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Hepatitis A Vaccine

By William D. Surkis, MD, Clinical Associate Professor of Medicine; Director, Internal Medicine Residency Program, Jefferson Medical College; Lankenau Medical Center
Jerome Santoro, MD, Clinical Professor of Medicine; Chief, Department of Medicine, Jefferson Medical College; Lankenau Medical Center

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For more information, see Hepatitis A ACIP Vaccine Recommendations.


Hepatitis A (HepA) vaccines are prepared from formalin-inactivated, cell culture–derived hepatitis A virus. There are 2 hepatitis A vaccines (Havrix® and Vaqta®); both are available in pediatric and adult formulations.

A vaccine that combines hepatitis A and hepatitis B vaccine (Twinrix®) is also available.


The HepA vaccine is a routine childhood vaccination (see Table: Recommended Immunization Schedule for Ages 0–6 yr).

HepA vaccine is indicated when any of the following is present:

  • A desire for protection from hepatitis A in people not previously vaccinated

  • Travel to or work in endemic areas

  • Occupational exposure (eg, working with primates infected with hepatitis A virus [HAV] or HAV in a research laboratory)

  • Sex between men

  • Use of illicit drugs (injected or not), such as methamphetamine

  • Treatment with clotting factor concentrates

  • A chronic liver disorder

  • Anticipated close personal contact (eg, as members of the household or as regular babysitters) with an adopted child during the first 60 days after the child's arrival in the US from an endemic area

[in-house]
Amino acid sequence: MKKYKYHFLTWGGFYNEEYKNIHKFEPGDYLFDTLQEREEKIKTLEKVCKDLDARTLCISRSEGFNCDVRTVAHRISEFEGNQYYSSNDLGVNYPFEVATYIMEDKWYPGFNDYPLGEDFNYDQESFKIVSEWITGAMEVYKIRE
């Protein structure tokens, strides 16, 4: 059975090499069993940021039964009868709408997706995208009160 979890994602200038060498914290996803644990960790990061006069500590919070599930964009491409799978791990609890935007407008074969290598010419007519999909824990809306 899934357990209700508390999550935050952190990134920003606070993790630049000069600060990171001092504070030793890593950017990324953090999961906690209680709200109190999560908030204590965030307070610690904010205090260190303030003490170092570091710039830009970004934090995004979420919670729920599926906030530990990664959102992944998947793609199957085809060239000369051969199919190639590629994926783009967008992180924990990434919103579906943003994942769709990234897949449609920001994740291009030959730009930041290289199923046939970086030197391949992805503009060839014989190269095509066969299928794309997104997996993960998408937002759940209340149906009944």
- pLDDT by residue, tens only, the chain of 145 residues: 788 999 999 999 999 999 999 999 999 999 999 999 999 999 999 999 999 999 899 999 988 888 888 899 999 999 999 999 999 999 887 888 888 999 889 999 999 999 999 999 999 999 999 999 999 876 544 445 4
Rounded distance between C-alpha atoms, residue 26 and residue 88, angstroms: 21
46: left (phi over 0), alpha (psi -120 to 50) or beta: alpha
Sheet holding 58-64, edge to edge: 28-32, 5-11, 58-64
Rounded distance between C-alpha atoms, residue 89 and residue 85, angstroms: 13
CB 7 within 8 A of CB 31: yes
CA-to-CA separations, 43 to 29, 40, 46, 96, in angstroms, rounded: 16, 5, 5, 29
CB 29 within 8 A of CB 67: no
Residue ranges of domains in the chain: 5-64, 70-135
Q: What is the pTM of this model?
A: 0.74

The combination HepA and HepB vaccine can be used in people ≥ 18 yr who have indications for either hepatitis A or hepatitis B vaccine and who have not been previously vaccinated with one of the vaccine components.

Contraindications and Precautions

The main contraindication is

  • A severe allergic reaction (eg, anaphylaxis) after previous dose or to a vaccine component

The main precaution is

  • Moderate or severe illness with or without a fever (vaccination is postponed until the illness resolves)

Dose and Administration

The dose is 0.5 mL IM up to age 18 yr or 1 mL IM for adults (age ≥ 19 yr).

Children are given a 2-dose series typically at age 12 to 23 mo and 6 to 18 mo after the 1st dose.

Adults are given the vaccine in a 2-dose series at either 0 and 6 to 12 mo (Havrix®) or 0 and 6 to 18 mo (Vaqta®).

Or adults may be given the combination HepA and HepB vaccine on a 3-dose schedule: at 0, 1, and 6 mo. The 1st and 2nd doses should be separated by ≥ 4 wk, and the 2nd and 3rd doses should be separated by ≥ 5 mo. Alternatively, the vaccine may be given on a 4-dose schedule: on days 0, 7, and 21 to 30, followed by a booster 12 mo after the 1st dose.

As soon as an adoption of a child from an endemic area is planned, close contacts should be given the 1st dose of the 2-dose HepA vaccine series, ideally ≥ 2 wk before the adopted child arrives.

Adverse Effects

No serious adverse effects have been reported.

Mild effects include pain, erythema, swelling, and occasionally induration at the injection site.

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